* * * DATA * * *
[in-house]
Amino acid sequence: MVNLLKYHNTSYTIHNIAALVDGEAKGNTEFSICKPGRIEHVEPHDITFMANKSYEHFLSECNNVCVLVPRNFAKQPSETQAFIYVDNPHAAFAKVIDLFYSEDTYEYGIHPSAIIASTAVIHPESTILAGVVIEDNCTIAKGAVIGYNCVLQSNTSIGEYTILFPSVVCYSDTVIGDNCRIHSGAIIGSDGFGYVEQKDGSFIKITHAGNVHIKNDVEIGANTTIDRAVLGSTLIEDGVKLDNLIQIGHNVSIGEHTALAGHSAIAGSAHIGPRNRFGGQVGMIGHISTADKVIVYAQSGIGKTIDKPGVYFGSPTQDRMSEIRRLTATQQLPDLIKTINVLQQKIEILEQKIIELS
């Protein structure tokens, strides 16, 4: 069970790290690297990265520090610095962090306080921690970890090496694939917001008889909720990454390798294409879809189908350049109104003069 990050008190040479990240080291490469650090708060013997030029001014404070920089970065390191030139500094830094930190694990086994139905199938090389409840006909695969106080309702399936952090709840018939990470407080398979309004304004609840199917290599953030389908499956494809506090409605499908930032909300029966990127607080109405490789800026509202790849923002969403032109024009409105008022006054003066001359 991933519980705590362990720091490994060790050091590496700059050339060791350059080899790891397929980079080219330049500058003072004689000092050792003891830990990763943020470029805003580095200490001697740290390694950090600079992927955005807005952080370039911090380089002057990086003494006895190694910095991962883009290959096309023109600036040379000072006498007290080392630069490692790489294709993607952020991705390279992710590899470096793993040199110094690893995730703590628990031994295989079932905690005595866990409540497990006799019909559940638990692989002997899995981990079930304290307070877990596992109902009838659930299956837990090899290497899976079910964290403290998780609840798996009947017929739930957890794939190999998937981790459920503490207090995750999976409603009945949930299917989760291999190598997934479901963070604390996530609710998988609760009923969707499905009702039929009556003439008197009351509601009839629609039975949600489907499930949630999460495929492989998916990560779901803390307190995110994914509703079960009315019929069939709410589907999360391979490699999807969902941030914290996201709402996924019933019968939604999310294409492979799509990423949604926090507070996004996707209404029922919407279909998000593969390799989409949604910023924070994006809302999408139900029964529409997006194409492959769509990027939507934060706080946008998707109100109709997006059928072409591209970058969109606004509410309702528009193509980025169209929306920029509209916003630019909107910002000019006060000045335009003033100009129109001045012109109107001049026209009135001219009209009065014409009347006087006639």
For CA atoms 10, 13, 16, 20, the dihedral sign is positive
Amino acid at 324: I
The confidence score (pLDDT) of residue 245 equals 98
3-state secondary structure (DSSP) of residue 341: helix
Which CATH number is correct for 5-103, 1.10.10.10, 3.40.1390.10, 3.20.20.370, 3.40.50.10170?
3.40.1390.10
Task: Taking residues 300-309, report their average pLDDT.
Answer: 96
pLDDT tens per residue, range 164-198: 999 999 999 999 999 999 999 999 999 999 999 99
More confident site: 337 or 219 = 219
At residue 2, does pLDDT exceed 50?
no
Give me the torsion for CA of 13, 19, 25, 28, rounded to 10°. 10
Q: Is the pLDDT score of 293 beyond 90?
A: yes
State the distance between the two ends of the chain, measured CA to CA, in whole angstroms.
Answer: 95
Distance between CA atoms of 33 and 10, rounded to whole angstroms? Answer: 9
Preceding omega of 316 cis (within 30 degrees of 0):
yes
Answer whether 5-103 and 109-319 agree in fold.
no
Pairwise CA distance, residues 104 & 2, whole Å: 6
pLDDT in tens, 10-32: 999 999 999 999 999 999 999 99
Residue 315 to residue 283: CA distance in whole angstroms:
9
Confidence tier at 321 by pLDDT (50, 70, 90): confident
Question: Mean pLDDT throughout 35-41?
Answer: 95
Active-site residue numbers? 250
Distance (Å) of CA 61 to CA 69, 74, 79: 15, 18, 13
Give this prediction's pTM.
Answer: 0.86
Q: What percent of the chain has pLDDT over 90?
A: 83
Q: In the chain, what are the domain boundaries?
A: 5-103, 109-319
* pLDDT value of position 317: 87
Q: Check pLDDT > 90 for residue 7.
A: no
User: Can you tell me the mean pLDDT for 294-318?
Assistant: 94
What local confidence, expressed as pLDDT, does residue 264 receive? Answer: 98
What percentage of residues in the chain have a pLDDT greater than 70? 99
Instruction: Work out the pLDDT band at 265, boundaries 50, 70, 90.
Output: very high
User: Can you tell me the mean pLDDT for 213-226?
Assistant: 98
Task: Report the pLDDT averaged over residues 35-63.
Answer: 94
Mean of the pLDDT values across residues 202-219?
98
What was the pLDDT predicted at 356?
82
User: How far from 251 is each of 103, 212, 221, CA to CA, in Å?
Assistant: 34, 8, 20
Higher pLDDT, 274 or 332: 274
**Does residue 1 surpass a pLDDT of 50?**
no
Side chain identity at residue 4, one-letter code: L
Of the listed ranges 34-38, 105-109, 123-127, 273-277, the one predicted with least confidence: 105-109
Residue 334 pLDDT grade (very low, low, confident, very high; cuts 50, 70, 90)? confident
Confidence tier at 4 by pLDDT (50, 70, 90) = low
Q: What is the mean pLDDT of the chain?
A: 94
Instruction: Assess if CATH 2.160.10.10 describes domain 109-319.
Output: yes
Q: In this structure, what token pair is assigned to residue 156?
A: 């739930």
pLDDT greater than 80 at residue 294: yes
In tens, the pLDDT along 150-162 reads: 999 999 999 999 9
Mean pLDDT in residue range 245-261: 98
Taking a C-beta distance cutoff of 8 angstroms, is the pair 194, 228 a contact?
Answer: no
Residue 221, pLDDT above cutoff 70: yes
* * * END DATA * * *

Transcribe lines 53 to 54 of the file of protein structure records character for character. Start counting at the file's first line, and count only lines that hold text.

Answer: 94
Mean of the pLDDT values across residues 202-219?